It’s Zach’s turn to choose a new restaurant for us to try and he picks Takohachi in the International District. Mostly because it has the best sign ever; a bright red octopus wearing a bandana. As we pull up to the restaurant I notice the octopus has a tubular nose that seems oddly familiar. Zach points out that it looks like Q*Bert and it does!

We get inside and it’s a teeny, tiny restaurant that isn’t too clean, but something smells delicious so we sit down. The menu has mostly hot-pot noodles, with a few katsu-type dishes, teriyaki, curries and two types of sushi rolls. In addition to the items listed on the menu they have really cute hand-drawn pictures of the Winter specials.

Zach orders one of the Winter specials, Chiri-Nabe, which is described as a tofu and noodle hot-pot with chili vinegar sauce and your choice of fish or chicken or both. I chose the Tonkatsu with curry.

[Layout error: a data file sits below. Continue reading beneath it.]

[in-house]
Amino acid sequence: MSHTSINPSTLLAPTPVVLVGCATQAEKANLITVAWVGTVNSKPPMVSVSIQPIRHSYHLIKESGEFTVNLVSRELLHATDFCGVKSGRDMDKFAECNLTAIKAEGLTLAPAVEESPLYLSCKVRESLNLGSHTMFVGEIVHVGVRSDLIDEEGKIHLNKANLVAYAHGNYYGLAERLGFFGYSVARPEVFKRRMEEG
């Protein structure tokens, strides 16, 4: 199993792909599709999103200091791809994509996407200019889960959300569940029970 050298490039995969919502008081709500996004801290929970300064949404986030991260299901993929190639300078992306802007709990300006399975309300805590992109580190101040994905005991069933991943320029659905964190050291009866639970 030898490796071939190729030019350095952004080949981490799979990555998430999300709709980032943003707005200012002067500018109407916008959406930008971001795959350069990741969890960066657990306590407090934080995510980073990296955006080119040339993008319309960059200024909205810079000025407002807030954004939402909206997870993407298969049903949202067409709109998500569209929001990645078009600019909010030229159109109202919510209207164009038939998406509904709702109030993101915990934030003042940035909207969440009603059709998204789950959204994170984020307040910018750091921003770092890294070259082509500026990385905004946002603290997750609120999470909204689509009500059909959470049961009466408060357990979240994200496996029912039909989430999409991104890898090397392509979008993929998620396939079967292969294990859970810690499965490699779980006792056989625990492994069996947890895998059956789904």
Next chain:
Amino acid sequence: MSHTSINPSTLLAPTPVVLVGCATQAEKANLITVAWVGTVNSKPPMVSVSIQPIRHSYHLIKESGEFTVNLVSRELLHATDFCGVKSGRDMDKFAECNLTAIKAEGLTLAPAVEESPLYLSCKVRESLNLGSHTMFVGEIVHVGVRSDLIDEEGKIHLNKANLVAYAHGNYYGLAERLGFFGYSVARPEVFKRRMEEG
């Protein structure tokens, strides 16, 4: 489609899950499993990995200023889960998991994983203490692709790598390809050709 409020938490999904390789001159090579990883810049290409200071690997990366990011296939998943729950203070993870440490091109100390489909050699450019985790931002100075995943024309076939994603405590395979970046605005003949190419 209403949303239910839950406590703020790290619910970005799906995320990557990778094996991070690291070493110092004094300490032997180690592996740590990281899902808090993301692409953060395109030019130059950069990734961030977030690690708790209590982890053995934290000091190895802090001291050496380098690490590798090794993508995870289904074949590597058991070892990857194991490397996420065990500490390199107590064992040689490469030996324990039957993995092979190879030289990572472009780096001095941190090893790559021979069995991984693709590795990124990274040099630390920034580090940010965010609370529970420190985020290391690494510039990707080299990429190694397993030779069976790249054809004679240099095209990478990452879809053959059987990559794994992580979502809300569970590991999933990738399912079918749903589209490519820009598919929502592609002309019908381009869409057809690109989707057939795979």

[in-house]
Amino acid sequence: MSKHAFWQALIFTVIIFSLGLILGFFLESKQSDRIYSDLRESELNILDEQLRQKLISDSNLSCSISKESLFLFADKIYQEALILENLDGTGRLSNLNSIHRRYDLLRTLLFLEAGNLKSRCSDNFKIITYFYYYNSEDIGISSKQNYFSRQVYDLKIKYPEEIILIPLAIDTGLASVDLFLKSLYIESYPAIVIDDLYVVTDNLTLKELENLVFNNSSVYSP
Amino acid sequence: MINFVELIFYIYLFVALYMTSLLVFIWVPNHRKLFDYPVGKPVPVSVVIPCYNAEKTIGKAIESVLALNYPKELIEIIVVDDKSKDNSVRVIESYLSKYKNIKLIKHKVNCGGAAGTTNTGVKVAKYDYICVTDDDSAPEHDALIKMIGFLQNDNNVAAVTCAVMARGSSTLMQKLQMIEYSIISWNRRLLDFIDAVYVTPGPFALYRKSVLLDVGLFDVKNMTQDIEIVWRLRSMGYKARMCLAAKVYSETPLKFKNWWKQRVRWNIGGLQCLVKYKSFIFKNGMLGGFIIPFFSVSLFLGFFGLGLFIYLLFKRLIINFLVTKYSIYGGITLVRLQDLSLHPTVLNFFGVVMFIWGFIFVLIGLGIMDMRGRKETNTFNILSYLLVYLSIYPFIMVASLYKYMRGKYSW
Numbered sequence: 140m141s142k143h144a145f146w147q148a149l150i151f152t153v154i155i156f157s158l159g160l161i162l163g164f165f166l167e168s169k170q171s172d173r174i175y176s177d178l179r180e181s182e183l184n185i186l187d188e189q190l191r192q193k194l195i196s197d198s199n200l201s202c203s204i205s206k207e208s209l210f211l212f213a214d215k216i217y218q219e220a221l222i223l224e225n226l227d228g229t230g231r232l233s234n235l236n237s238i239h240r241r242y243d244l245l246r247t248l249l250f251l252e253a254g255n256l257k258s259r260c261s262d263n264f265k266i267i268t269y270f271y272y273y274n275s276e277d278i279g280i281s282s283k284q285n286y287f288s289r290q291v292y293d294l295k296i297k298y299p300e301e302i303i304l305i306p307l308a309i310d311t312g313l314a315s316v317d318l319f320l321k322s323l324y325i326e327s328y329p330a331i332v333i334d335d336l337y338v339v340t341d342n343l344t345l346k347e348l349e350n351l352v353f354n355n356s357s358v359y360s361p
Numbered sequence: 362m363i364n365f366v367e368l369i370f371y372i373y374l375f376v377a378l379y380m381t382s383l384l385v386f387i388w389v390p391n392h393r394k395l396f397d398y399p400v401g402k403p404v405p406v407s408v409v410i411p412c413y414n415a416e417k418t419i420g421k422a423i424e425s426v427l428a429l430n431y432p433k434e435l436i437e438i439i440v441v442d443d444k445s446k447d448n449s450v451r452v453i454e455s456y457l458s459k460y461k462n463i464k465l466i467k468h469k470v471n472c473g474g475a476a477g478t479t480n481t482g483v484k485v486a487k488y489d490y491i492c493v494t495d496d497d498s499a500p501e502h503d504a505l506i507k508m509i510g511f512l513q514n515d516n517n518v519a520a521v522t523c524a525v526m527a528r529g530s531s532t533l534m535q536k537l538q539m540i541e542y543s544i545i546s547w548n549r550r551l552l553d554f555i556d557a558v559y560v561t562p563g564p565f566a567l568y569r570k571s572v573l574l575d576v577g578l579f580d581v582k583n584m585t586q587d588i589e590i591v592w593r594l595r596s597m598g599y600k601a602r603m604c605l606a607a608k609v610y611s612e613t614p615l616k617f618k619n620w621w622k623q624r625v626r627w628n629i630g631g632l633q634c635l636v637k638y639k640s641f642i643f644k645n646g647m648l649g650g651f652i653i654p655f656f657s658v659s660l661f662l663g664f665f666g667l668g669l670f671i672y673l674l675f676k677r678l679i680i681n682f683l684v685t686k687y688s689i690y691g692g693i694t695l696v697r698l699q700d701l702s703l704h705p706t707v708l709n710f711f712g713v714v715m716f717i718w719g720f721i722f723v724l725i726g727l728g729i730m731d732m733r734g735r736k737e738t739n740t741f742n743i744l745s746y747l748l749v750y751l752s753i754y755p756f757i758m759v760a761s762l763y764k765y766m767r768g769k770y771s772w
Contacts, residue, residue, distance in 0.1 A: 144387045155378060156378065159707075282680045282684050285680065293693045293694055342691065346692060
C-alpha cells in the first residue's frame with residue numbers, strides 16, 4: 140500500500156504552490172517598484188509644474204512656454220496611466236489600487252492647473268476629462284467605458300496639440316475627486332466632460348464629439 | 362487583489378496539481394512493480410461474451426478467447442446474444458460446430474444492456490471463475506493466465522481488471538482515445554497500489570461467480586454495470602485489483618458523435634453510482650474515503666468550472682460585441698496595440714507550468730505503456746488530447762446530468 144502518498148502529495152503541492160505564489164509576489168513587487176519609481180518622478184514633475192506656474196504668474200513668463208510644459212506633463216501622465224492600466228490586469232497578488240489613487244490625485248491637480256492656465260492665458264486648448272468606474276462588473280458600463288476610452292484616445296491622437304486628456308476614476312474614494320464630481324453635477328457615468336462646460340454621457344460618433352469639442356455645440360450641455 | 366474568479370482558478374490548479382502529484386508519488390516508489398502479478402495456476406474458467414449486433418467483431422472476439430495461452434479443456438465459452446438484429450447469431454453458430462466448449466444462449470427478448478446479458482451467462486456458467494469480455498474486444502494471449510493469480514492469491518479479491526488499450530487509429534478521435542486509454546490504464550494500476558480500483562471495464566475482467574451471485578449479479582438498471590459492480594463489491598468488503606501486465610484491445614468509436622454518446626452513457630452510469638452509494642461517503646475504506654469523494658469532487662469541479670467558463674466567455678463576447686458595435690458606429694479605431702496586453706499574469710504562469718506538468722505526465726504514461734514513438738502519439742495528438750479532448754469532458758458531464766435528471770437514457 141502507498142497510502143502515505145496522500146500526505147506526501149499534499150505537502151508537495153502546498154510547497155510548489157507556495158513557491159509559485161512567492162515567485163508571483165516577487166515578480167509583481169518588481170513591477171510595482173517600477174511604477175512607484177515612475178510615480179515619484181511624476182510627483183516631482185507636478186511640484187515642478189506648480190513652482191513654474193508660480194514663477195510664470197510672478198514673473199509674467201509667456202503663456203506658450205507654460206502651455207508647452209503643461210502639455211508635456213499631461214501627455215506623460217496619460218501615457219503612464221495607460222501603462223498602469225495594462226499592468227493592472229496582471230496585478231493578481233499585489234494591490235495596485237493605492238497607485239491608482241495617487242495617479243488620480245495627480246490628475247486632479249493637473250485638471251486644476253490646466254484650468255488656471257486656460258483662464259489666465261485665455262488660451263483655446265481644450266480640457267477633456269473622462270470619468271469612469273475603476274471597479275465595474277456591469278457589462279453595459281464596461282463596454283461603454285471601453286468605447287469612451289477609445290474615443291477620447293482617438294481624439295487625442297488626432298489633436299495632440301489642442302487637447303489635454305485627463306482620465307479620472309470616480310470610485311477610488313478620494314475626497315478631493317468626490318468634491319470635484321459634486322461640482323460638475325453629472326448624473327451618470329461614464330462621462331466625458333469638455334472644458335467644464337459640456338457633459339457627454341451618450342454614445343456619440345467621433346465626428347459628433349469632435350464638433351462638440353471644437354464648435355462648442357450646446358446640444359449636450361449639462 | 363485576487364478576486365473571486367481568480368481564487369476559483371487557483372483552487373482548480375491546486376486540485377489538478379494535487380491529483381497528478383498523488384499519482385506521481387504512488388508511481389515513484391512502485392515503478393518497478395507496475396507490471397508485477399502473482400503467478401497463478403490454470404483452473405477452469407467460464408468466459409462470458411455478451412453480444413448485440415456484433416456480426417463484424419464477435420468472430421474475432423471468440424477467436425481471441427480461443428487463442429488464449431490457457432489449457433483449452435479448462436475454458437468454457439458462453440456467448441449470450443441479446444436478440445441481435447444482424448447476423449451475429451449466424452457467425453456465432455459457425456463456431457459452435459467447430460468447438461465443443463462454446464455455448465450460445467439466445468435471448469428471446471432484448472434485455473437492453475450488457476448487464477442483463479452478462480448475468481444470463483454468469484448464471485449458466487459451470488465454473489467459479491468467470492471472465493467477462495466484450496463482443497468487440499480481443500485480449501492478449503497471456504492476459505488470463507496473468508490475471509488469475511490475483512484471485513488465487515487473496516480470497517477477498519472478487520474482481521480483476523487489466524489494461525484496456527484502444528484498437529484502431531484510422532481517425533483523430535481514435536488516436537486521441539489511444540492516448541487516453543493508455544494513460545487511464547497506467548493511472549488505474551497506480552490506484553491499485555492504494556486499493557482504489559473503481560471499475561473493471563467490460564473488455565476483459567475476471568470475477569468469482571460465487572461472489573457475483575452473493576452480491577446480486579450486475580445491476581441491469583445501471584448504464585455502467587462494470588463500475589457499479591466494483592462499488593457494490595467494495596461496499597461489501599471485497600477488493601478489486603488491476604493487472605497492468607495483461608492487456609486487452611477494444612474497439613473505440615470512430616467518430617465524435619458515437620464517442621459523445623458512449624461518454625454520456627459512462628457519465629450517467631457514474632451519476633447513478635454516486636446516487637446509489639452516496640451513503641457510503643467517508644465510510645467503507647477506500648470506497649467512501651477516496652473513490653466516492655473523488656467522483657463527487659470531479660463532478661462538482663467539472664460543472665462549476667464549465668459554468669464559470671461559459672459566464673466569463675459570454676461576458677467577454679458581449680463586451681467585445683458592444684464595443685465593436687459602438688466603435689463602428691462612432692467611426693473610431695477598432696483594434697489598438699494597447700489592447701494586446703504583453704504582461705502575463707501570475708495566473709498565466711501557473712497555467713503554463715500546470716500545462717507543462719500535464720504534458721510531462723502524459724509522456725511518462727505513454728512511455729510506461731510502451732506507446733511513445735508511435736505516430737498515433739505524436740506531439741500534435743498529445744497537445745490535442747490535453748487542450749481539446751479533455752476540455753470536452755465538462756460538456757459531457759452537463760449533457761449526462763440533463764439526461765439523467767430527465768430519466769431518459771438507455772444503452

Zach’s hot pot comes out and it’s beautiful in its blazing hot iron pot. It looks deceptively simple and plain until you taste the broth. The broth is amazing with a slightly sour taste from the vinegar. The noodles seem like they must have been marinated in something or cooked in the broth because they’re so flavorful.

My katsu plate is gigantic. It looks like there might be a pound of beautifully breaded pork. The curry sauce is good as well, not too spicy or interesting on its own, but great with the crisp and juicy pork.

Halfway through our meal I notice a sign advertising homemade furikake (my new favorite condiment), so we order a dish to sprinkle over our rice. Granted, I haven’t had many experiences with furikake, but this one is the best I’ve had. Nice and salty because of something that looks and tastes like salmon jerky. I try and order some to go but then decide to head over to Uwajimaya and see what kind of furikake selection they have.

Our entire bill was under $17 and the lunch prices are even cheaper. They also do take out, so I’m thinking I’ll be frequenting this place.